A courtroom win by HSBC Holdings may reduce the $100 billion (Dh367.2 billion) trustee Irving Picard is seeking on behalf of Bernard Madoff's clients, undercutting bets traders have made on victims' claims.
US District Judge Jed Rakoff last week threw out almost $9 billion in damages that Picard demanded from HSBC and feeder funds, saying the trustee was free to pursue $2 billion in bankruptcy claims. Picard has no right to sue on behalf of customers or the Madoff estate, using common-law claims against parties, "who allegedly violated a duty to Madoff Securities' customers by failing to detect Madoff's fraud," Rakoff ruled.
Much of the $100 billion Picard is seeking from banks such as JPMorgan Chase & Co involves similar claims to the HSBC case, or other claims being scrutinised by two district judges. Rakoff's ruling, "is clearly bad news for Picard," said New York bankruptcy lawyer Harvey Miller. "Picard was pushing the envelope in his zeal to recover against alleged wrongdoers and overlooked existing constraints and precedents as pointed out by Judge Rakoff."
Picard demanded $19 billion in damages from the con man's banker, JPMorgan, equal to all the money lost by all investors in Madoff's Ponzi scheme. He seeks as much as $59 billion — including trebled racketeering charges that Rakoff is examining — from Bank Medici AG, its founder, Sonja Kohn, and UniCredit SpA.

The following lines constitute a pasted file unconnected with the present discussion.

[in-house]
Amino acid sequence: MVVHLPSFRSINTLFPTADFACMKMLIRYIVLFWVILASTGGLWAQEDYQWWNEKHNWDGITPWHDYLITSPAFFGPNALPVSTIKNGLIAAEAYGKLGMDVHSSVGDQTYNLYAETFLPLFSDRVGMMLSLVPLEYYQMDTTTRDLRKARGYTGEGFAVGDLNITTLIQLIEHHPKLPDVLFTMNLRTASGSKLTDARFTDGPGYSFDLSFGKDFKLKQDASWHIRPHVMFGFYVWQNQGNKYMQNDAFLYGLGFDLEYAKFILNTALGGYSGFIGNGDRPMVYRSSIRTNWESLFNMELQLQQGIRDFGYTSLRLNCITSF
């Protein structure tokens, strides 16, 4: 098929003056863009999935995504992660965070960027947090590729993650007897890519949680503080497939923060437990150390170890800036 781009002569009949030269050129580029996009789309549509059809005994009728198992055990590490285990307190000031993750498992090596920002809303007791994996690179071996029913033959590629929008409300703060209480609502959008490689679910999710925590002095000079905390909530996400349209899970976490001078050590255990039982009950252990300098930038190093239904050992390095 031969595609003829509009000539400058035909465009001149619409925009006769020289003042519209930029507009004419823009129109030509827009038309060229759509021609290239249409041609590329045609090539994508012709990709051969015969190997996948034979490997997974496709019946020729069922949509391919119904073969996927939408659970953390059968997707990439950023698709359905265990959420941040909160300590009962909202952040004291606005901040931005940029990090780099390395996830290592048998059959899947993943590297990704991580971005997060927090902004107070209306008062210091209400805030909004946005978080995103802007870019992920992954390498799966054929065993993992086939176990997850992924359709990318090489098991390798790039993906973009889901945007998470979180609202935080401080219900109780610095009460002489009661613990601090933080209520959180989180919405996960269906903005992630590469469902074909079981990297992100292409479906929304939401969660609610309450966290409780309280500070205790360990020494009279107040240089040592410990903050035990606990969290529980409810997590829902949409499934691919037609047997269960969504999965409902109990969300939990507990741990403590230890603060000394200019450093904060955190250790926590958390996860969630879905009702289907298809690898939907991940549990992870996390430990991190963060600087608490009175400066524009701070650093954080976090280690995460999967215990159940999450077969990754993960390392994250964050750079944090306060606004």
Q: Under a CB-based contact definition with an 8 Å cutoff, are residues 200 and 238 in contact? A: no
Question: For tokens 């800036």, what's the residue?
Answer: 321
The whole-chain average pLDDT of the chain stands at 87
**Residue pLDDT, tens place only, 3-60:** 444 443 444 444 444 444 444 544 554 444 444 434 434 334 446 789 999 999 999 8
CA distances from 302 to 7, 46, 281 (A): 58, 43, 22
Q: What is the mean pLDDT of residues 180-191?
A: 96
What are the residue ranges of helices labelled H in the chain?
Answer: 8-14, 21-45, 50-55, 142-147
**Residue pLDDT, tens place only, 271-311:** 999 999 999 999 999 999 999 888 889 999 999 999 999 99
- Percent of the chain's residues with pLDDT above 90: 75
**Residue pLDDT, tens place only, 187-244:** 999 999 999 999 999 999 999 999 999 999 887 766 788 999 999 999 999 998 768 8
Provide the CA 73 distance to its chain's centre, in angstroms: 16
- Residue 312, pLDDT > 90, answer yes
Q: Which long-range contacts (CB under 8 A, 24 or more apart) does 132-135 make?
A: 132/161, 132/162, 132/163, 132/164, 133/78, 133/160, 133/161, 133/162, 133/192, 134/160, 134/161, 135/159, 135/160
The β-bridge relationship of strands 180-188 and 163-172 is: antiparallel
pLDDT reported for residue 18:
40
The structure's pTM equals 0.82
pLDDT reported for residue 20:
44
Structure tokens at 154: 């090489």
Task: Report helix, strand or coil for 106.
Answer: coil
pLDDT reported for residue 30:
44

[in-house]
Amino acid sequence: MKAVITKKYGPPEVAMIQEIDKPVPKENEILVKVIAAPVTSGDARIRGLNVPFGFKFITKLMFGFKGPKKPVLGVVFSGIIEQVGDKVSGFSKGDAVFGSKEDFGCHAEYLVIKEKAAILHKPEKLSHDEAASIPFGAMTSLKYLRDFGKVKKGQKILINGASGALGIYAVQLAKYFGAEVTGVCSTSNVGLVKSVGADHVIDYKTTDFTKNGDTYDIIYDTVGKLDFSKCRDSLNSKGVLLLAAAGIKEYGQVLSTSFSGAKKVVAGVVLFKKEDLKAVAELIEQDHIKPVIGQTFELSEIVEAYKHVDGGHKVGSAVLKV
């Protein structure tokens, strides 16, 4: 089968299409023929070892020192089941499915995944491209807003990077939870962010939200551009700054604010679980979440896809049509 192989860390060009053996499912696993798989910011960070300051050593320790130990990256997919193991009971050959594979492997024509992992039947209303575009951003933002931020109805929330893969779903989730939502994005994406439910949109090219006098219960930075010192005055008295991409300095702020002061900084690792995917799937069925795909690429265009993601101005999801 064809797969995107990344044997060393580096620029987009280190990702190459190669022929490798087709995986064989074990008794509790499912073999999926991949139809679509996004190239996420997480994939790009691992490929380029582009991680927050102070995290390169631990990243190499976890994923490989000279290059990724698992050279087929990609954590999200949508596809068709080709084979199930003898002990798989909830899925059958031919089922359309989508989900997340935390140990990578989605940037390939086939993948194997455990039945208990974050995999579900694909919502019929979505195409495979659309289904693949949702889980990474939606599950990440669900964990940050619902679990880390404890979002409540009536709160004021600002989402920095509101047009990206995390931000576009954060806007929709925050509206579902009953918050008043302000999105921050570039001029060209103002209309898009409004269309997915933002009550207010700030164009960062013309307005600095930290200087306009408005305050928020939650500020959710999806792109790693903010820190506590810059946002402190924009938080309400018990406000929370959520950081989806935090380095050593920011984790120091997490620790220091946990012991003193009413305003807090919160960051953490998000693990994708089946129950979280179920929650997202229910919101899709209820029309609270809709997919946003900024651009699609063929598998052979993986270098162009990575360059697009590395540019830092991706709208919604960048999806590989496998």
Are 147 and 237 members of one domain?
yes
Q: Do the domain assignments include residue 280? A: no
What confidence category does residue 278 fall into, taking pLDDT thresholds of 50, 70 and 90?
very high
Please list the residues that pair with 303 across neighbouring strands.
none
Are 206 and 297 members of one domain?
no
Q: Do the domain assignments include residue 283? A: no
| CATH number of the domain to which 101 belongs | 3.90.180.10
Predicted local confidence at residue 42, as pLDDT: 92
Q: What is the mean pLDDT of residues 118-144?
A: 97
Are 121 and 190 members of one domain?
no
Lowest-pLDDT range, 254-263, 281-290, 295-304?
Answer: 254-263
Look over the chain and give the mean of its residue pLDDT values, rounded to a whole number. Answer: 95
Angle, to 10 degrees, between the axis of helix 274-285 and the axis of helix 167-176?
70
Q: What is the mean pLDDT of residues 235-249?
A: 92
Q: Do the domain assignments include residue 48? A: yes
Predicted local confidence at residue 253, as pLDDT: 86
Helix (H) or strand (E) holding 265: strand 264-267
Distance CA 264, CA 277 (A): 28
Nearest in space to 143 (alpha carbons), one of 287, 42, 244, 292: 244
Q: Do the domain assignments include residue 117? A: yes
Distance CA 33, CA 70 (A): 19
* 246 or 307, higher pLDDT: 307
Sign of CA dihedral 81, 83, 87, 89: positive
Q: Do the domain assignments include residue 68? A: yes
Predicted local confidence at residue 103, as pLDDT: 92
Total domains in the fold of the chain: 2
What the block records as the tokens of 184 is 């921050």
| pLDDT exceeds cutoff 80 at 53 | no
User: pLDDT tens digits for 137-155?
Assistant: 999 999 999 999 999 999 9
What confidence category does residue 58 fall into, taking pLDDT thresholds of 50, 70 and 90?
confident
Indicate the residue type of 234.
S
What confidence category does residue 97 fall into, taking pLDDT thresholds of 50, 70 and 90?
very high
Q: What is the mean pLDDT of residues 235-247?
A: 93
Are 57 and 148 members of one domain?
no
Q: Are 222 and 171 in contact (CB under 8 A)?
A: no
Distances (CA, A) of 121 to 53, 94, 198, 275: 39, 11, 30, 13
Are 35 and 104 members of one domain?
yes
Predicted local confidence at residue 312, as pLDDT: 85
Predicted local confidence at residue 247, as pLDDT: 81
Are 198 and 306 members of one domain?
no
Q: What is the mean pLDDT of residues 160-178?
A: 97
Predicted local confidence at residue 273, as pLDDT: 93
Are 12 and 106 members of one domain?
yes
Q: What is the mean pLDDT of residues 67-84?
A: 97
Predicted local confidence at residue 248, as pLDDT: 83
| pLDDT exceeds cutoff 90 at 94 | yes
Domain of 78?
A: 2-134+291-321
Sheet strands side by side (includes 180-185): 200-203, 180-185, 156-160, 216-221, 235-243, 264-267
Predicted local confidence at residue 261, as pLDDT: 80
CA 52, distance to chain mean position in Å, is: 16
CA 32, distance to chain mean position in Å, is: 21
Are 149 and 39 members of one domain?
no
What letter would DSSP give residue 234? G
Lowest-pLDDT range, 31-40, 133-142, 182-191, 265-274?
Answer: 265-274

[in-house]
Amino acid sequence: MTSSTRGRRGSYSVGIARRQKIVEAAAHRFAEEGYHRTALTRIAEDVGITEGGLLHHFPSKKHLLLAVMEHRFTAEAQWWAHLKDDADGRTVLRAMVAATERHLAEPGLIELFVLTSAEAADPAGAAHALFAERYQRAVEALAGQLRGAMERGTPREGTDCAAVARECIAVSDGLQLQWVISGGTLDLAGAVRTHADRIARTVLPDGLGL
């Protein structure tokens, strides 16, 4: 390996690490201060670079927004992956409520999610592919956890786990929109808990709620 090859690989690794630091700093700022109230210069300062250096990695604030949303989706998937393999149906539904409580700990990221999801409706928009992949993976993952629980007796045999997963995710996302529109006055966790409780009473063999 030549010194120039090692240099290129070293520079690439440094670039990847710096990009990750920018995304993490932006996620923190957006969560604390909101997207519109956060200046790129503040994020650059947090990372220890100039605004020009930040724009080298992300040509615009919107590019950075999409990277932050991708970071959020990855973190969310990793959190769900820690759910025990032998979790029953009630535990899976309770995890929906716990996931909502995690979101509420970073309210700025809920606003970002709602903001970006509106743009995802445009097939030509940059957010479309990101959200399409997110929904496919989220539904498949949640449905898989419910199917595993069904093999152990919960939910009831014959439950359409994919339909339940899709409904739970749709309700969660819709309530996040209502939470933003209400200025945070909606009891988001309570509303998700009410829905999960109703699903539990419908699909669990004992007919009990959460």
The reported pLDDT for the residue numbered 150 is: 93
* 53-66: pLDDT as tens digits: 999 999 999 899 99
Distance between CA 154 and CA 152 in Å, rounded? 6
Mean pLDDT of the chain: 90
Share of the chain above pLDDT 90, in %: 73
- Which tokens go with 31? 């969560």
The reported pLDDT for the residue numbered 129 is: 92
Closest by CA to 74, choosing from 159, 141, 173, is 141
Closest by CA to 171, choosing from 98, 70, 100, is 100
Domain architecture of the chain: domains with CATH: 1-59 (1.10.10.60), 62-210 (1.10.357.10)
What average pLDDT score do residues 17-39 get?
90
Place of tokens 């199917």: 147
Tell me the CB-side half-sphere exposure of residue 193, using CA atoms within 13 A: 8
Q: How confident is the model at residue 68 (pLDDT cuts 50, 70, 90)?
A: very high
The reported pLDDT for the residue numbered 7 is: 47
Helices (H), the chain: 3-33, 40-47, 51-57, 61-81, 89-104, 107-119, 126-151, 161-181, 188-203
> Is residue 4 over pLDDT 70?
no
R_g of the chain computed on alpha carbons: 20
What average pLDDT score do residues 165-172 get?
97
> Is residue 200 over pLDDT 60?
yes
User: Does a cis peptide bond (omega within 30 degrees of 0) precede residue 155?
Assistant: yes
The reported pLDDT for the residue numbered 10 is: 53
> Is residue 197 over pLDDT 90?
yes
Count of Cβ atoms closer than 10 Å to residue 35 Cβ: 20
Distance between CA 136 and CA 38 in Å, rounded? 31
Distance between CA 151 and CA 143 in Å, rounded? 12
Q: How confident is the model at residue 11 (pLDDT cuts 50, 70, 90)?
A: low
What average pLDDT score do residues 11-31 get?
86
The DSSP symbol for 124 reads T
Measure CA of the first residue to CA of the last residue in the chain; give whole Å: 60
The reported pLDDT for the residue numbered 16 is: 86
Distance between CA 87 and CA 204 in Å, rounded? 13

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If the suits are scaled back as HSBC's was, Madoff clients will have a smaller pot of damages from which to recover losses, and investors who bought some of their claims at a discount may lose the bets they made. Madoff claims are trading at about 70 cents on the dollar.
"The HSBC ruling probably changes the assumption you're making as to how much the trustee can settle for on similar suits where he has the same kind of claims," said Andrew Gottesman, who heads bankruptcy claims trading at SecondMarket in Manhattan. "If you were bearish, it edifies your position. If you were bullish, it maybe changes you to neutral."
Amanda Remus, a Picard spokeswoman, said the trustee is, "reviewing the district court decision as well as preparing to move forward in the bankruptcy court on the remaining," claims of more than $2 billion. UBS AG, sued for $2.6 billion, has said that more than $2 billion of common-law claims were brought by Picard.
The Mets owners, Fred Wilpon and Saul Katz, face a $1 billion suit, as Picard bids to recoup $300 million in so-called fictitious profit and $700 million in principal.
There are no common-law claims against the Mets owners, according to Remus. However, Rakoff is scrutinising Picard's demands that were based on allegations they suspected the fraud and failed in their duty to investigate it. Wilpon and Katz may not have had a legal duty to investigate whether Madoff was running a fraud, Rakoff said at a court hearing this month. For investors who settled with Picard before the HSBC ruling, it may be too late to change anything, said Chip Bowles, a bankruptcy lawyer at Greenebaum Doll and McDonald PLLC in Kentucky.
"It would be nearly impossible to undo it if it has been approved by the courts," he said.